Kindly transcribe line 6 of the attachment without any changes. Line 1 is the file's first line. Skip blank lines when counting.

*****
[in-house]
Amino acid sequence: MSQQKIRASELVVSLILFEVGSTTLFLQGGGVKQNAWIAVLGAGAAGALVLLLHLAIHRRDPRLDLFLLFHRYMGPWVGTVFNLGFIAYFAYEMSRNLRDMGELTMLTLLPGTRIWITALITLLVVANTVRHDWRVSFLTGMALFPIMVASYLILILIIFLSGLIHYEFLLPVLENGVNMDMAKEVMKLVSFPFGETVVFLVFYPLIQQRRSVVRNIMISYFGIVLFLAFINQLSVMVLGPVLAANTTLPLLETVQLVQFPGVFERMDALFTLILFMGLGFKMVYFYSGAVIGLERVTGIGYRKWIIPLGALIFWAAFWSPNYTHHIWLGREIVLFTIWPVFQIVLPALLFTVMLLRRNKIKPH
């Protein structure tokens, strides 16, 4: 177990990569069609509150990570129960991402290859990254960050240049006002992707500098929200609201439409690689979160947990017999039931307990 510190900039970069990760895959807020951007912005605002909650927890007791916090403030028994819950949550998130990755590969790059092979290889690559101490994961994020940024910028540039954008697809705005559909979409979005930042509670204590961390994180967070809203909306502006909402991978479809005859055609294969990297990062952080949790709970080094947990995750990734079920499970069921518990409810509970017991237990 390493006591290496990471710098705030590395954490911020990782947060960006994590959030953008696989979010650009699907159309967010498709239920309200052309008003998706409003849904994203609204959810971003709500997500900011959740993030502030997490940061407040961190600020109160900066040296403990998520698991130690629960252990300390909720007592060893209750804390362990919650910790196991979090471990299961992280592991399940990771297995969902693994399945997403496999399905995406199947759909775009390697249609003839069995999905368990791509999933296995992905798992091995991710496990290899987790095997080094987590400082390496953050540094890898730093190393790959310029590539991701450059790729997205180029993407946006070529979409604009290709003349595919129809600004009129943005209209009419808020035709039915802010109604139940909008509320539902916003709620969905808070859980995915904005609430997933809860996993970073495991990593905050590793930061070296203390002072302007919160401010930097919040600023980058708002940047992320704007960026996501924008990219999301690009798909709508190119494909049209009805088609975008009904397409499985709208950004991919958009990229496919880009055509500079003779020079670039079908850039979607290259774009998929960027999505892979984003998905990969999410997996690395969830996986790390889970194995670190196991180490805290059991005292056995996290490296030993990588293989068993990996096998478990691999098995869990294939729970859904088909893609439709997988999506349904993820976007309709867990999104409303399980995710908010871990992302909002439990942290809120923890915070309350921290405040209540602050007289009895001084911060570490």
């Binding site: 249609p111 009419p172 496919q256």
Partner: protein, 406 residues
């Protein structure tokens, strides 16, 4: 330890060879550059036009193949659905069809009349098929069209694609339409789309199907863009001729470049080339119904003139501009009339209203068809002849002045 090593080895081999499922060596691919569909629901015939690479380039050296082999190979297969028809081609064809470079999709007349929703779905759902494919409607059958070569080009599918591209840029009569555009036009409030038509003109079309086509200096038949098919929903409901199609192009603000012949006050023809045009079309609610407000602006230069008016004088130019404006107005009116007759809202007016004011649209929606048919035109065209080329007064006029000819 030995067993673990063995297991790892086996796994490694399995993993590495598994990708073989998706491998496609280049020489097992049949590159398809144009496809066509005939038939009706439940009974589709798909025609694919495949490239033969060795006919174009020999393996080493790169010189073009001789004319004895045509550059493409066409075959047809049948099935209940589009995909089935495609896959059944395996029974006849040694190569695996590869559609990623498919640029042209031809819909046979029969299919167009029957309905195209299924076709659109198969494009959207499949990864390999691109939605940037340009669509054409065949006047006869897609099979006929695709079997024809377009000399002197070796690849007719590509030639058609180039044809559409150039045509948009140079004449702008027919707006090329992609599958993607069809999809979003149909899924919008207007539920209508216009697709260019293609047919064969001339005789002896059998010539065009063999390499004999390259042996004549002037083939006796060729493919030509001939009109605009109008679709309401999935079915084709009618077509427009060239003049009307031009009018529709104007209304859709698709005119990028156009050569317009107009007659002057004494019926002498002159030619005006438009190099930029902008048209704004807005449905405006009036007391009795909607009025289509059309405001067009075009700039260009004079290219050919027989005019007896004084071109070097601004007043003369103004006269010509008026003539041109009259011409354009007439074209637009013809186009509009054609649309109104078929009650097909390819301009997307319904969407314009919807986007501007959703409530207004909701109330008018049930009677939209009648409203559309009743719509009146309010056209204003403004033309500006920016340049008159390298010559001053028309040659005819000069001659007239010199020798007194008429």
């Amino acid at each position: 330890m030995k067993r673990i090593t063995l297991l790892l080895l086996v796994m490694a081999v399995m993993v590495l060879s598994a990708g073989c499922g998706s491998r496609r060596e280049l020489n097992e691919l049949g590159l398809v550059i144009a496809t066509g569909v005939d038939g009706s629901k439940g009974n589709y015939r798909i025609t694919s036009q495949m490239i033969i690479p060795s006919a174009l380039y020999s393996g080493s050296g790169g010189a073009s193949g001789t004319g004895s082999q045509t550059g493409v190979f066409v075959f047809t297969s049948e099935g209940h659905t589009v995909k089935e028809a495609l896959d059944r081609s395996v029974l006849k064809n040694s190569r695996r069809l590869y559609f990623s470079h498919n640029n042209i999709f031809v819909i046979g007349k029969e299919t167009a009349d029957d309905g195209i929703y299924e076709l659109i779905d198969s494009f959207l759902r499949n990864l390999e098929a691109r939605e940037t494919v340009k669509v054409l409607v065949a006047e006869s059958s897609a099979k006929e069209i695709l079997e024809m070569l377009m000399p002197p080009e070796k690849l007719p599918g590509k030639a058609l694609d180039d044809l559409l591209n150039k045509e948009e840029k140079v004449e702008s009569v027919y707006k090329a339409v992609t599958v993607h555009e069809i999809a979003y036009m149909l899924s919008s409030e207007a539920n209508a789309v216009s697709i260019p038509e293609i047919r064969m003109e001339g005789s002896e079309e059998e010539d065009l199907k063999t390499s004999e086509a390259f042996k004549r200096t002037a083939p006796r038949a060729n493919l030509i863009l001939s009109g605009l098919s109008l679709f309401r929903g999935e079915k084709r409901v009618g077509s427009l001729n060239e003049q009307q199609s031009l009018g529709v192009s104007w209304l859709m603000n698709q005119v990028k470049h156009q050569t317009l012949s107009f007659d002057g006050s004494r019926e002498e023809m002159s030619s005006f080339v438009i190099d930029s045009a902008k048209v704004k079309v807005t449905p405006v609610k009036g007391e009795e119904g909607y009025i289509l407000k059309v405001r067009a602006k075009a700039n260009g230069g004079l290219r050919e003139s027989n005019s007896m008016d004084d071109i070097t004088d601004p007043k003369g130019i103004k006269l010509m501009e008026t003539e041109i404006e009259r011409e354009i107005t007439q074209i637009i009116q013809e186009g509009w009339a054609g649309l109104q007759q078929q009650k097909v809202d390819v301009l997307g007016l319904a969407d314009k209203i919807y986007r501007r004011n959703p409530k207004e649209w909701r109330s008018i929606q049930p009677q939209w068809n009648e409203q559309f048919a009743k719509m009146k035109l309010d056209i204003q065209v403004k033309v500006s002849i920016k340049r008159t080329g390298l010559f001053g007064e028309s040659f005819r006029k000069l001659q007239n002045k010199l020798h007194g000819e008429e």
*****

């Protein structure tokens, strides 16, 4: 330890060879550059036009193949659905069809009349098929069209694609339409789309199907863009001729470049080339119904003139501009009339209203068809002849002045 090593080895081999499922060596691919569909629901015939690479380039050296082999190979297969028809081609064809470079999709007349929703779905759902494919409607059958070569080009599918591209840029009569555009036009409030038509003109079309086509200096038949098919929903409901199609192009603000012949006050023809045009079309609610407000602006230069008016004088130019404006107005009116007759809202007016004011649209929606048919035109065209080329007064006029000819 030995067993673990063995297991790892086996796994490694399995993993590495598994990708073989998706491998496609280049020489097992049949590159398809144009496809066509005939038939009706439940009974589709798909025609694919495949490239033969060795006919174009020999393996080493790169010189073009001789004319004895045509550059493409066409075959047809049948099935209940589009995909089935495609896959059944395996029974006849040694190569695996590869559609990623498919640029042209031809819909046979029969299919167009029957309905195209299924076709659109198969494009959207499949990864390999691109939605940037340009669509054409065949006047006869897609099979006929695709079997024809377009000399002197070796690849007719590509030639058609180039044809559409150039045509948009140079004449702008027919707006090329992609599958993607069809999809979003149909899924919008207007539920209508216009697709260019293609047919064969001339005789002896059998010539065009063999390499004999390259042996004549002037083939006796060729493919030509001939009109605009109008679709309401999935079915084709009618077509427009060239003049009307031009009018529709104007209304859709698709005119990028156009050569317009107009007659002057004494019926002498002159030619005006438009190099930029902008048209704004807005449905405006009036007391009795909607009025289509059309405001067009075009700039260009004079290219050919027989005019007896004084071109070097601004007043003369103004006269010509008026003539041109009259011409354009007439074209637009013809186009509009054609649309109104078929009650097909390819301009997307319904969407314009919807986007501007959703409530207004909701109330008018049930009677939209009648409203559309009743719509009146309010056209204003403004033309500006920016340049008159390298010559001053028309040659005819000069001659007239010199020798007194008429």